The Lenten soup supper in the church basement. A staple of the Lutheran tradition of which I am a part—and because we are Lutheran (grace!), rather than being meager, fast-like meals, we sustain ourselves for the hard truths of Lent with hardy chili, seafood chowder, tomato bisque with mozzarella, five varieties of bread, and seven choices of dessert. Just for starters: brownies with whipped cream, carrot cake topped with cream cheese frosting and shredded coconut, a nutmeg Bundt with a brown-sugar caramel frosting. Ah, free in Christ.
Hunched-over, wrinkled beauties hobble in the heavy church door, just barely managing to hoist their silver crockpots and cake carriers to a rolling cart waiting by the front door, which is then pushed to the elevator. They stop and catch their breath. “Whew, made it!”
In the basement, decorations from the youth Valentine’s Day breakfast still adorn the large circular tables—doilies and hearts and Bible verses and red flowers. A mighty scurrying is happening in the kitchen—people are gathering bowls and spoons and paper coffee cups and salt and pepper shakers as the crock pots arrive—black and silver and red—and are lined up on a long table, ladles by their sides.
There is a holy hovering around the sacramentally bubbling soups, an anticipation of the sustenance, laughter, and fellowship to come. After repeatedly being urged to get this party started, the pastor lifts his voice and leads a table prayer, even as a few sneaky folks slide over a wee bit closer to the table. “Amen!” Everyone falls into formation in two lines, one on each side of the table—mothers, dads, gray-haired ladies, bald old fellows, the proper and coiffed, the off-the-cuff and blue-jeaned. Laughing, smiling, anticipating. We, the church.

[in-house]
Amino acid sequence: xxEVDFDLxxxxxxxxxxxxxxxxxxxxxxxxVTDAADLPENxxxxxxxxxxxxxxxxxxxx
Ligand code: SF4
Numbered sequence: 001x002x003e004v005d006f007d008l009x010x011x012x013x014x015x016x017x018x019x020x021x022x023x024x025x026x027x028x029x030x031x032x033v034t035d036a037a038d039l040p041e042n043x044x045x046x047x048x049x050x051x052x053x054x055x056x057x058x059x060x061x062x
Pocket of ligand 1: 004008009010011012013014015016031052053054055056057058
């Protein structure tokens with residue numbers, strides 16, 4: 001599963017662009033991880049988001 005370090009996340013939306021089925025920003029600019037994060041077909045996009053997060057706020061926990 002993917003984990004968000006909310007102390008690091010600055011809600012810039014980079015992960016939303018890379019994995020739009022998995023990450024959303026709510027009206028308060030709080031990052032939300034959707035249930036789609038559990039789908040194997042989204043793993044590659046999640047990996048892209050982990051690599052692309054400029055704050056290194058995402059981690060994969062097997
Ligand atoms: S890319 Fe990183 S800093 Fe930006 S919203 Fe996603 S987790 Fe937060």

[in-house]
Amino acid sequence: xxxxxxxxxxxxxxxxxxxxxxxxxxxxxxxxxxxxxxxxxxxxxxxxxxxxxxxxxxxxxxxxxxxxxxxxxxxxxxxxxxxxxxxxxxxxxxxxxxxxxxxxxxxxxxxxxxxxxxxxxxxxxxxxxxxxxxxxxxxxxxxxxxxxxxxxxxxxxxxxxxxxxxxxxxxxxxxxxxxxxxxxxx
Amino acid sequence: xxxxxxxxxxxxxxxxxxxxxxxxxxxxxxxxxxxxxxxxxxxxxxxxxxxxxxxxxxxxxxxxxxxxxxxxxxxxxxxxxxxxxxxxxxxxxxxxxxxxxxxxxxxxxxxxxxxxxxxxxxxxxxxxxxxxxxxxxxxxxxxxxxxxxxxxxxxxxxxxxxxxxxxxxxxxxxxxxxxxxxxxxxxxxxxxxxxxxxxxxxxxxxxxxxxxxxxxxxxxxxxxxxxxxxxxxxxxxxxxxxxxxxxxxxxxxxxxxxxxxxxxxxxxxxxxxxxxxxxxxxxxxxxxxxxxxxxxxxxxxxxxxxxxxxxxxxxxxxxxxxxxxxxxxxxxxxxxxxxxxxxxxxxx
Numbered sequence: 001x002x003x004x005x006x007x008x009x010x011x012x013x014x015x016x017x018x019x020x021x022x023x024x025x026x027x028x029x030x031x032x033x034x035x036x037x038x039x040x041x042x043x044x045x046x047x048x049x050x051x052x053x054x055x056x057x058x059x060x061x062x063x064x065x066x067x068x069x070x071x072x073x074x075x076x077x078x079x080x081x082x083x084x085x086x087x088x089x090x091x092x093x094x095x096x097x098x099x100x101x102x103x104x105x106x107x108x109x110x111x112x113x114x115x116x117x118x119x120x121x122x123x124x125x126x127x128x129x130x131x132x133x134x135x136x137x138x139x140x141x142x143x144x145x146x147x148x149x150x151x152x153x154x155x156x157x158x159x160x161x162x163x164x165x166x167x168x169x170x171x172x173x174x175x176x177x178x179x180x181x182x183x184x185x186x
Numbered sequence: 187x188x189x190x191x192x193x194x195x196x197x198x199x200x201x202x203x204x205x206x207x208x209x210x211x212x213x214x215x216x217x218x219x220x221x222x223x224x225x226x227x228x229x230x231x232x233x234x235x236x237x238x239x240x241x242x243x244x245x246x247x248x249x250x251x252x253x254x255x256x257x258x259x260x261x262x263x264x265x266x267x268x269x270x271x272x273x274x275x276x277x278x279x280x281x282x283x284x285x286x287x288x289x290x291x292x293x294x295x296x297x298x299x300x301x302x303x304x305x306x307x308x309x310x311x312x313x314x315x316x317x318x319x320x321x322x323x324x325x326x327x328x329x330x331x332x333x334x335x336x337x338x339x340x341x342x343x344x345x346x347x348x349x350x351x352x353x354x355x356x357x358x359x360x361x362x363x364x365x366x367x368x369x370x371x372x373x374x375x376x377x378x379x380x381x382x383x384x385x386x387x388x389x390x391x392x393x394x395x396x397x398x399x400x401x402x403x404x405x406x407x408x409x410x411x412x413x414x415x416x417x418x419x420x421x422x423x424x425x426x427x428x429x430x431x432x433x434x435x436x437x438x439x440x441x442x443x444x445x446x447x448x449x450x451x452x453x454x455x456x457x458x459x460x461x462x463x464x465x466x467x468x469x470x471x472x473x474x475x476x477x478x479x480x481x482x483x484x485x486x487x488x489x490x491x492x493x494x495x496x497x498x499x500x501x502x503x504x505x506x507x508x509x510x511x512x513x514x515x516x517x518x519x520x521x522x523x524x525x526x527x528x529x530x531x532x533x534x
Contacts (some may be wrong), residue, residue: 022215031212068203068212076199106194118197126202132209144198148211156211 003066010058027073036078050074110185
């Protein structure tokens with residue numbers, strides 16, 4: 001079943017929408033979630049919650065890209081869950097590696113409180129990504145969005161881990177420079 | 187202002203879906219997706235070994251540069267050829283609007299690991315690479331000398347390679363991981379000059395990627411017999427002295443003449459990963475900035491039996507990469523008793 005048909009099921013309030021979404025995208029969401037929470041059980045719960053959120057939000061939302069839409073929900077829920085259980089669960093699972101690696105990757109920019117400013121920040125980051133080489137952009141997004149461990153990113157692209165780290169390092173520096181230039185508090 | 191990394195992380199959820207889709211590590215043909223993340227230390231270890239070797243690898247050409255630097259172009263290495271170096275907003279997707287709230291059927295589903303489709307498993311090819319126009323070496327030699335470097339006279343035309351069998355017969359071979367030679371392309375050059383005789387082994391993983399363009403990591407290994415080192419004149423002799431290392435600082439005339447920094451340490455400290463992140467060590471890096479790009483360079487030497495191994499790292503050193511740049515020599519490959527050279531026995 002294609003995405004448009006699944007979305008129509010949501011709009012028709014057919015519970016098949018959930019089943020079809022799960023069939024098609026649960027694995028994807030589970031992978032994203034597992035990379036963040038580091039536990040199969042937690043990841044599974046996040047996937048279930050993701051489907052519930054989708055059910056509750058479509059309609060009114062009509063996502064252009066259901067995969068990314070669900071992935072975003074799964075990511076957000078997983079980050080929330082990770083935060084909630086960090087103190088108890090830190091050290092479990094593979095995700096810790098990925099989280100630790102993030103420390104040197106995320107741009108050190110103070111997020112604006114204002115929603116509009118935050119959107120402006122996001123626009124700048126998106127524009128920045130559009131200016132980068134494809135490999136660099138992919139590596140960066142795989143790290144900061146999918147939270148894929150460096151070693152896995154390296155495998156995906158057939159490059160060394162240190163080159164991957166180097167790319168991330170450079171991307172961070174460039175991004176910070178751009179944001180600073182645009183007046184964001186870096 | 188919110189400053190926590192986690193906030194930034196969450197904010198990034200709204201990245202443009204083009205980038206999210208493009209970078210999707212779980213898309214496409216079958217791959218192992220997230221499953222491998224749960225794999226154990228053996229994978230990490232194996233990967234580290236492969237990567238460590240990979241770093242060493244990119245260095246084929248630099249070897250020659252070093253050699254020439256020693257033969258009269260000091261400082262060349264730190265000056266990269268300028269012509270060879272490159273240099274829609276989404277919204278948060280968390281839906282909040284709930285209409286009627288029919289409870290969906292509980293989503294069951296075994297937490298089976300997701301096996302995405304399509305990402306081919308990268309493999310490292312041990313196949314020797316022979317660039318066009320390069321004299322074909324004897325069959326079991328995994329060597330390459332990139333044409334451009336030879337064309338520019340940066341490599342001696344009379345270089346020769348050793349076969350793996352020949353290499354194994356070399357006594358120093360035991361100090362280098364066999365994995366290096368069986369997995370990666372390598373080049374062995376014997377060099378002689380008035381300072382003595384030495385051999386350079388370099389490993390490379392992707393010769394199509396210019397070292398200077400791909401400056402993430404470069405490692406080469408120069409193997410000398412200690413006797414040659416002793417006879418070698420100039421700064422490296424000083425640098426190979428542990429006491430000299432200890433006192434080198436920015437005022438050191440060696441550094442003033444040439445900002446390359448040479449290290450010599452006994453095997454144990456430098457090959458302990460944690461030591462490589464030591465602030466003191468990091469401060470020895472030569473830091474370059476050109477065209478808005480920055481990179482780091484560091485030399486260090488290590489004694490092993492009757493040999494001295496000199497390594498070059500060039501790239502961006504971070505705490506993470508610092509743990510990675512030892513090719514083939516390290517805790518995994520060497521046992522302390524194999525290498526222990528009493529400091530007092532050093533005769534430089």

Some settle into familiar tables, as if resting into the relief of a well-worn pew. But familiar groupings also mix with unfamiliar ones. After all, soup supper isn’t coffee hour. You can sit literally anywhere. Old timers compliment young folks—“great recipe!”—and the favor is returned. Stories flow with the black coffee from the old, silver percolator. Someone remembered to plug it in early; nothing worse than coffee you can see through, as everyone knows. Well done, good and faithful servant, you old bubbling purveyor of koinonia. Without coffee, the people perish, I think it says in the good, old Book.
When we finish—savoring and sipping at least two of the fine offerings laid before us and partaking of multiple desserts (so as not to hurt feelings, of course)—the community leaps into action. The dishes must be washed, slid into the dishwasher, the big compartment pushed down as the water and soap loudly rush in. The tables must be cleared and wiped. The percolator emptied and rinsed. Everything must be cleaned and put away. After all, Holden Evening Prayer is waiting for us up in the sanctuary. We have eaten together; now we must sing.